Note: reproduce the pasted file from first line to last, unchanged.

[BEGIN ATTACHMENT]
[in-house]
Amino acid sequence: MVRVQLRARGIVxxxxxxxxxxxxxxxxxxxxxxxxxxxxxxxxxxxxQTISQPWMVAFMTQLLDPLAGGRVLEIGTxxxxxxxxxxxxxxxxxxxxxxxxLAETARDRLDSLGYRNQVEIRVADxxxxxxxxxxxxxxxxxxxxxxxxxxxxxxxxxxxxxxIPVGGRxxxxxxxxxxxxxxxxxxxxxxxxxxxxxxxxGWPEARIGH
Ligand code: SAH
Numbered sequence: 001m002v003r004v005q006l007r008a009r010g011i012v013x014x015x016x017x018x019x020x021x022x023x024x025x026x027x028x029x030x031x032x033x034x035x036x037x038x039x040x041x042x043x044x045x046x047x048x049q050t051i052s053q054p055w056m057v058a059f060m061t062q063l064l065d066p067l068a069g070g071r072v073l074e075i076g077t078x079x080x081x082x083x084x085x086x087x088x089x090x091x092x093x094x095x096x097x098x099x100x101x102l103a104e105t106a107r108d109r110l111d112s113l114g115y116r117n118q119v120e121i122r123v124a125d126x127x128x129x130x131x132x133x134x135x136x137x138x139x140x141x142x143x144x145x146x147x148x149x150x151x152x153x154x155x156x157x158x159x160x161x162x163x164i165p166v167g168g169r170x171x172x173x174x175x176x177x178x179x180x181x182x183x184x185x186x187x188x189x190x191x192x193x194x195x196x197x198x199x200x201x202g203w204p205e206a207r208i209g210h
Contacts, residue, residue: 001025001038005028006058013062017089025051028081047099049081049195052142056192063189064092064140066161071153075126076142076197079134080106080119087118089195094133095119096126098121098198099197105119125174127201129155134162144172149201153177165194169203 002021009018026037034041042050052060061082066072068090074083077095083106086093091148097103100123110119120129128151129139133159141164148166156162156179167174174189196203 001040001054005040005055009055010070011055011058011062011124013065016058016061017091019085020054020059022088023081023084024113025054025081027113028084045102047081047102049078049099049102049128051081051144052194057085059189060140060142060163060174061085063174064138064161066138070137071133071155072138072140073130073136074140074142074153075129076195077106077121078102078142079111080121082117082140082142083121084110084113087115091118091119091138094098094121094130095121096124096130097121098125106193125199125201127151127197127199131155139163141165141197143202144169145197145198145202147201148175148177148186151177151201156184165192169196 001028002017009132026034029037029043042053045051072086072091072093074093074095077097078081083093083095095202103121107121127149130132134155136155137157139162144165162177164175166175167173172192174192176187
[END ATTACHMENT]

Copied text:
[in-house]
Amino acid sequence: MVRVQLRARGIVxxxxxxxxxxxxxxxxxxxxxxxxxxxxxxxxxxxxQTISQPWMVAFMTQLLDPLAGGRVLEIGTxxxxxxxxxxxxxxxxxxxxxxxxLAETARDRLDSLGYRNQVEIRVADxxxxxxxxxxxxxxxxxxxxxxxxxxxxxxxxxxxxxxIPVGGRxxxxxxxxxxxxxxxxxxxxxxxxxxxxxxxxGWPEARIGH
Ligand code: SAH
Numbered sequence: 001m002v003r004v005q006l007r008a009r010g011i012v013x014x015x016x017x018x019x020x021x022x023x024x025x026x027x028x029x030x031x032x033x034x035x036x037x038x039x040x041x042x043x044x045x046x047x048x049q050t051i052s053q054p055w056m057v058a059f060m061t062q063l064l065d066p067l068a069g070g071r072v073l074e075i076g077t078x079x080x081x082x083x084x085x086x087x088x089x090x091x092x093x094x095x096x097x098x099x100x101x102l103a104e105t106a107r108d109r110l111d112s113l114g115y116r117n118q119v120e121i122r123v124a125d126x127x128x129x130x131x132x133x134x135x136x137x138x139x140x141x142x143x144x145x146x147x148x149x150x151x152x153x154x155x156x157x158x159x160x161x162x163x164i165p166v167g168g169r170x171x172x173x174x175x176x177x178x179x180x181x182x183x184x185x186x187x188x189x190x191x192x193x194x195x196x197x198x199x200x201x202g203w204p205e206a207r208i209g210h
Contacts, residue, residue: 001025001038005028006058013062017089025051028081047099049081049195052142056192063189064092064140066161071153075126076142076197079134080106080119087118089195094133095119096126098121098198099197105119125174127201129155134162144172149201153177165194169203 002021009018026037034041042050052060061082066072068090074083077095083106086093091148097103100123110119120129128151129139133159141164148166156162156179167174174189196203 001040001054005040005055009055010070011055011058011062011124013065016058016061017091019085020054020059022088023081023084024113025054025081027113028084045102047081047102049078049099049102049128051081051144052194057085059189060140060142060163060174061085063174064138064161066138070137071133071155072138072140073130073136074140074142074153075129076195077106077121078102078142079111080121082117082140082142083121084110084113087115091118091119091138094098094121094130095121096124096130097121098125106193125199125201127151127197127199131155139163141165141197143202144169145197145198145202147201148175148177148186151177151201156184165192169196 001028002017009132026034029037029043042053045051072086072091072093074093074095077097078081083093083095095202103121107121127149130132134155136155137157139162144165162177164175166175167173172192174192176187